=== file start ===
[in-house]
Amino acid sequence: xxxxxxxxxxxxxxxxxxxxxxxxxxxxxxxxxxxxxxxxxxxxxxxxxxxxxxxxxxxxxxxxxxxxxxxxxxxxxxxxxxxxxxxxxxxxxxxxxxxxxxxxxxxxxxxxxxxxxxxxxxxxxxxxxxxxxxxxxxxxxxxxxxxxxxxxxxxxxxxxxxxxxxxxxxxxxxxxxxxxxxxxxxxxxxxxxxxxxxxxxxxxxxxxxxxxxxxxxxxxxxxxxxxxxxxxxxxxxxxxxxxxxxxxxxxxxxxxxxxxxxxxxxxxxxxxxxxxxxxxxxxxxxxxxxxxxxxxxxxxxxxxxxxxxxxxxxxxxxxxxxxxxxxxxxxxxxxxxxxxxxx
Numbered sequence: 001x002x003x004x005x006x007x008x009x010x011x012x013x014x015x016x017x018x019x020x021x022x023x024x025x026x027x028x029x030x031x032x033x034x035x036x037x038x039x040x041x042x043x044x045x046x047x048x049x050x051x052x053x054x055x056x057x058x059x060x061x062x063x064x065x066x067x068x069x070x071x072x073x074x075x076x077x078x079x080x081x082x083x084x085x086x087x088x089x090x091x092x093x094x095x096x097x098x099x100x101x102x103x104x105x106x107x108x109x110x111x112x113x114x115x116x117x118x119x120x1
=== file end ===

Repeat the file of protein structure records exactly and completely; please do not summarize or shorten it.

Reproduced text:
[in-house]
Amino acid sequence: xxxxxxxxxxxxxxxxxxxxxxxxxxxxxxxxxxxxxxxxxxxxxxxxxxxxxxxxxxxxxxxxxxxxxxxxxxxxxxxxxxxxxxxxxxxxxxxxxxxxxxxxxxxxxxxxxxxxxxxxxxxxxxxxxxxxxxxxxxxxxxxxxxxxxxxxxxxxxxxxxxxxxxxxxxxxxxxxxxxxxxxxxxxxxxxxxxxxxxxxxxxxxxxxxxxxxxxxxxxxxxxxxxxxxxxxxxxxxxxxxxxxxxxxxxxxxxxxxxxxxxxxxxxxxxxxxxxxxxxxxxxxxxxxxxxxxxxxxxxxxxxxxxxxxxxxxxxxxxxxxxxxxxxxxxxxxxxxxxxxxxx
Numbered sequence: 001x002x003x004x005x006x007x008x009x010x011x012x013x014x015x016x017x018x019x020x021x022x023x024x025x026x027x028x029x030x031x032x033x034x035x036x037x038x039x040x041x042x043x044x045x046x047x048x049x050x051x052x053x054x055x056x057x058x059x060x061x062x063x064x065x066x067x068x069x070x071x072x073x074x075x076x077x078x079x080x081x082x083x084x085x086x087x088x089x090x091x092x093x094x095x096x097x098x099x100x101x102x103x104x105x106x107x108x109x110x111x112x113x114x115x116x117x118x119x120x1